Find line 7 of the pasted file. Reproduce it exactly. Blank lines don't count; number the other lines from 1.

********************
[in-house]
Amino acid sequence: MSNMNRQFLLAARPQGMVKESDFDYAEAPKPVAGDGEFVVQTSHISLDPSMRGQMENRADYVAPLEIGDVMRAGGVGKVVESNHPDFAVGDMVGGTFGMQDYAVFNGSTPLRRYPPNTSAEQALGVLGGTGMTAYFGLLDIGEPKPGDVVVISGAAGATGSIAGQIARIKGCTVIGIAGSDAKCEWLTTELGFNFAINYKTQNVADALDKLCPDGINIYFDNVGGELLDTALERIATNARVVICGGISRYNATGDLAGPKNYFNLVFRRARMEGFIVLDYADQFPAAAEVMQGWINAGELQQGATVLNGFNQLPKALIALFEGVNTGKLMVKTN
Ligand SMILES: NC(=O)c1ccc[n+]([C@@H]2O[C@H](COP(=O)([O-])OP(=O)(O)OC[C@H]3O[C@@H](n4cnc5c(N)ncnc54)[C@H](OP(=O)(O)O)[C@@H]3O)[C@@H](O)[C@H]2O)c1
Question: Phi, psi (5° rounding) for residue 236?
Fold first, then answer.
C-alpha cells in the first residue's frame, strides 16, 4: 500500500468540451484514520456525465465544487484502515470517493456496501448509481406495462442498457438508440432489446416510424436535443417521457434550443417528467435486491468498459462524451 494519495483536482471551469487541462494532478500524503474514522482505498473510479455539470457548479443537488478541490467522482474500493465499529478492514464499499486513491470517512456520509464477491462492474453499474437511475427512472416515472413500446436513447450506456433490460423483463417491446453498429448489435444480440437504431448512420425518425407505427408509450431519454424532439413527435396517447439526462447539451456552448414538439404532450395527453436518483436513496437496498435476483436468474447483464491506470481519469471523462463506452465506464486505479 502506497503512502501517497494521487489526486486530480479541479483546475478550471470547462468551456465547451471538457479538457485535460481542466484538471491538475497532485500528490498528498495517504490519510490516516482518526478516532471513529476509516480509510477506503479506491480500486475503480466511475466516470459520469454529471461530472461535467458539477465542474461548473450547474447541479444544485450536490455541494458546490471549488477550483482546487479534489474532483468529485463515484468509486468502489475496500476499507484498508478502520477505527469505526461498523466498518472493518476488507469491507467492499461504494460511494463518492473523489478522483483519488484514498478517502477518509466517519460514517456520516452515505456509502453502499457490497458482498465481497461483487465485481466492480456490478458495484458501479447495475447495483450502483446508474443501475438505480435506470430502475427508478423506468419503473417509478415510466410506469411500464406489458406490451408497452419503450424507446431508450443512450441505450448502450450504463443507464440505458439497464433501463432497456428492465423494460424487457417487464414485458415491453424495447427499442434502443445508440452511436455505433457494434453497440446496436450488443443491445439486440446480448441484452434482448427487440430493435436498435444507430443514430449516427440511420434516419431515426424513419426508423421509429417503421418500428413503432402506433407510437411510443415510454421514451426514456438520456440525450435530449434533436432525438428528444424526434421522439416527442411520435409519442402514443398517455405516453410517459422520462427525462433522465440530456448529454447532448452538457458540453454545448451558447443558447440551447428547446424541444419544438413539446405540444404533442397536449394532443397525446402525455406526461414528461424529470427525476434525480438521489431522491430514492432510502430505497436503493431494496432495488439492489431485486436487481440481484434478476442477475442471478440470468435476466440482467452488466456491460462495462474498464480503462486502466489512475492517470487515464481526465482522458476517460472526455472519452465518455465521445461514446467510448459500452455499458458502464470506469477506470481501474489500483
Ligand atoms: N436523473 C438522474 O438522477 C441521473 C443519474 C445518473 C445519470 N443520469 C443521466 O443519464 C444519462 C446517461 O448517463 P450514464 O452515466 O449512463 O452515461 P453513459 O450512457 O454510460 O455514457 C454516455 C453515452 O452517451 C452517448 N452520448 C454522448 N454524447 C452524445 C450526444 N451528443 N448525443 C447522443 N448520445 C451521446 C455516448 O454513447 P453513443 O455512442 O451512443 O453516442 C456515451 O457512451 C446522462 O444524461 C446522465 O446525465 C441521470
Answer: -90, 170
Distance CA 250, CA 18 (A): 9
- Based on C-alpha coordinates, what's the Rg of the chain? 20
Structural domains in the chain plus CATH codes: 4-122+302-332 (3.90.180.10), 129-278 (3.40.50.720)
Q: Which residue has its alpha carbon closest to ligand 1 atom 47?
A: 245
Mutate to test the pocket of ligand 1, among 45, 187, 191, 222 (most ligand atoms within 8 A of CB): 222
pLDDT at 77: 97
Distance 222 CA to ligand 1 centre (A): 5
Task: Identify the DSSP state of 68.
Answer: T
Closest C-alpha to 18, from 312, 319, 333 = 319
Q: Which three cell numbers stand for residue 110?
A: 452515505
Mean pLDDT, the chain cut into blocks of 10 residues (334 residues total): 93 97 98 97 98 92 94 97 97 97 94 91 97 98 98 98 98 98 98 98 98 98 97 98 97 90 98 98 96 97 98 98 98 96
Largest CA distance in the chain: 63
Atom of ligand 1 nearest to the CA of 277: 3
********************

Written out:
Ligand atoms: N436523473 C438522474 O438522477 C441521473 C443519474 C445518473 C445519470 N443520469 C443521466 O443519464 C444519462 C446517461 O448517463 P450514464 O452515466 O449512463 O452515461 P453513459 O450512457 O454510460 O455514457 C454516455 C453515452 O452517451 C452517448 N452520448 C454522448 N454524447 C452524445 C450526444 N451528443 N448525443 C447522443 N448520445 C451521446 C455516448 O454513447 P453513443 O455512442 O451512443 O453516442 C456515451 O457512451 C446522462 O444524461 C446522465 O446525465 C441521470